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Hydroponic, Aquaponics, and Aeroponic

A person monitors the growth of plants in a greenhouse


#Aeroponic #Aquaponics #Gardening and Agriculture #Hydroponic


Doug Fogelson

One of the best solutions for regional food supply is to use a hydroponic or similar growing system. These systems are viable for home use and also work at a larger scale to provide communities with certain fresh crops all year long. While there are limits to the kinds of plants that can be grown under artificial light and without soil, the range is still quite wide, from microgreens to eggplants and beyond.

Hydroponics, and its cousins aquaponics and aeroponics, grow plants either in an inert substrate (usually mineral based), on a nutrient film base (NFT) or in misty air (Aero). The water that feeds the roots of the plants has added nutrients to give the plants what they need to flourish. The water can be recycled around the system, static/still, or distributed via misting and condensation to keeps roots alive.

In the case of aquaponics, the system’s waterflow is connected to fish in tanks that consume the nutrients produced by growing plants. These nutrients are then released back to the water as the fish enrich that very same water with their byproducts – so that it feeds the plants in turn — creating a closed loop/circular ecology. The mature fish become food for humans (and others).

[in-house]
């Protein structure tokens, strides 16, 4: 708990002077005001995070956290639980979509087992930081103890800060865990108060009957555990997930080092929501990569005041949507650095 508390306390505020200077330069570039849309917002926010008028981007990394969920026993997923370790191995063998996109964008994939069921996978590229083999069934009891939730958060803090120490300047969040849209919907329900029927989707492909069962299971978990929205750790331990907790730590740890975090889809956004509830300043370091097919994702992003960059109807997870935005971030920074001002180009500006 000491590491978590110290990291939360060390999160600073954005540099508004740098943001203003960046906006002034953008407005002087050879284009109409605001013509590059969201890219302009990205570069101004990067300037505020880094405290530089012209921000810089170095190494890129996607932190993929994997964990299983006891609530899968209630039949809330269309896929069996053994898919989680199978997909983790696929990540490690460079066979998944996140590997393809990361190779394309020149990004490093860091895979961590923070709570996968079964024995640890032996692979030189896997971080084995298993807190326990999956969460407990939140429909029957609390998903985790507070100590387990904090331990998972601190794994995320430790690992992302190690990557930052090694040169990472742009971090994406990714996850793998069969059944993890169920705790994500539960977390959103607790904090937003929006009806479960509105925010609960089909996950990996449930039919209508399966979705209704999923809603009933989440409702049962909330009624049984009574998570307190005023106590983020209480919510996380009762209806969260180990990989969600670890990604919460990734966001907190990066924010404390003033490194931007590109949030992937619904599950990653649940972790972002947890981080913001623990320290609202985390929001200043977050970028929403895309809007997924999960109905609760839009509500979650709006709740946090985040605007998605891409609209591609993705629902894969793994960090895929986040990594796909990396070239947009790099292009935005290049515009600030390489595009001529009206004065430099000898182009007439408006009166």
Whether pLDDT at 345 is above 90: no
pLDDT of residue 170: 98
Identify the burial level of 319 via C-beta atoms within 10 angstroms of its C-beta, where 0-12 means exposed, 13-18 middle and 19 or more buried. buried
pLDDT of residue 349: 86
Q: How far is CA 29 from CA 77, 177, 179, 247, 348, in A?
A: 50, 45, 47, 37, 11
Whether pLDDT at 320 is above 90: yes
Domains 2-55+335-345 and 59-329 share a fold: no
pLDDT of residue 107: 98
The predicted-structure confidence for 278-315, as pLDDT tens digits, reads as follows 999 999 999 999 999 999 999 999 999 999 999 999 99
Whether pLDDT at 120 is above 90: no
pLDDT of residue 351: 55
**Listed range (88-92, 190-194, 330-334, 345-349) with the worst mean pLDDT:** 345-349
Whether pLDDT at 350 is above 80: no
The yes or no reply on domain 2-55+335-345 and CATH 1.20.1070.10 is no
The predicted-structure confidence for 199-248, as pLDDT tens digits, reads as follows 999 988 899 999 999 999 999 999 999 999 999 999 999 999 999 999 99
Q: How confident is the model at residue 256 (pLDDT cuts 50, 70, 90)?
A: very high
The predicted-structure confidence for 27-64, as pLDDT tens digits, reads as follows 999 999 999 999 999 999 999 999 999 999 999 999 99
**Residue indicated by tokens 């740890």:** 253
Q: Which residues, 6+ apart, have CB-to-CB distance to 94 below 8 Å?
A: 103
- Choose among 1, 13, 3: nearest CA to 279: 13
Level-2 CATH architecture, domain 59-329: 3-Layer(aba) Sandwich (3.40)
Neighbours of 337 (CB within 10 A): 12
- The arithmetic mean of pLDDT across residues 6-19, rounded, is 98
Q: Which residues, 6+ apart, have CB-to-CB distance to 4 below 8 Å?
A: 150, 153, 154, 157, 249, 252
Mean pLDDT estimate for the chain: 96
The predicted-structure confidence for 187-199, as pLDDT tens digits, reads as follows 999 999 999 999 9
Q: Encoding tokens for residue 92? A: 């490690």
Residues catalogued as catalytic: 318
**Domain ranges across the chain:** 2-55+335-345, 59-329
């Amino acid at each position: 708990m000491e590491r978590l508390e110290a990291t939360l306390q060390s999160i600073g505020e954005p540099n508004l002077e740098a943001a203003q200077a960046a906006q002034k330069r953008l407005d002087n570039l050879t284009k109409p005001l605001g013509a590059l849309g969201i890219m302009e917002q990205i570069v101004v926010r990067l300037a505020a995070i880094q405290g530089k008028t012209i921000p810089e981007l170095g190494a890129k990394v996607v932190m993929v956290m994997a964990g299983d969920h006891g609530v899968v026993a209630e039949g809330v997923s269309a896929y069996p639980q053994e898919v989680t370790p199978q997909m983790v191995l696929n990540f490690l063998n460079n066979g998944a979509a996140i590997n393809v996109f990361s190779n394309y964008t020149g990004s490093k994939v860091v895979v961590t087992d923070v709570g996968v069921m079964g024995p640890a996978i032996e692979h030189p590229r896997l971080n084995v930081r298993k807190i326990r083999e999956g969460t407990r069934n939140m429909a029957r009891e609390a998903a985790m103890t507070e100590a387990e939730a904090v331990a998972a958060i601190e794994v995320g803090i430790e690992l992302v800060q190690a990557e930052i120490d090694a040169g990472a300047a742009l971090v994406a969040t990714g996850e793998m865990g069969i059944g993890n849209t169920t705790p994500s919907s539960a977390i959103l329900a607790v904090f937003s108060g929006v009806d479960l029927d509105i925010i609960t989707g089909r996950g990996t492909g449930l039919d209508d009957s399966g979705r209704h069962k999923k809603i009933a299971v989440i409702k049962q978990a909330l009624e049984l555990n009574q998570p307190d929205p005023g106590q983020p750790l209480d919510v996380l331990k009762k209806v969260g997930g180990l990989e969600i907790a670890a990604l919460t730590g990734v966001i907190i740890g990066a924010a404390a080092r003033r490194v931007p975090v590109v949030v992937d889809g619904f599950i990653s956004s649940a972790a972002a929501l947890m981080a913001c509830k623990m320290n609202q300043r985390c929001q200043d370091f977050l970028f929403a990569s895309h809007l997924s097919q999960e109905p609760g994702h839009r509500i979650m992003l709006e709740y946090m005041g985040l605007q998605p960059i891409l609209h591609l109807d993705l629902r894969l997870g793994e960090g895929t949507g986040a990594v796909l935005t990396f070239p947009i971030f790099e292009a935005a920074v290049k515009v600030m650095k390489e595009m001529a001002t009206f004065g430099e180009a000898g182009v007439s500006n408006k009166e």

This overall concept comes straight from the hydrological cycle, which is the epitome of a circular ecology. Practical implications on the larger scale usually use indoor “vertical farming”­ — stacks of shelf-like trays in temperature-controlled conditions (and filtered air) growing under 16 hour periods of full-spectrum grow lights, all of which uses much less water and energy than conventional farming. Hydroponics can produce food that grows fast and stays fresh longer, it is grown closer to the users eliminating the need for more fossil fuels to transport and refrigerate products.

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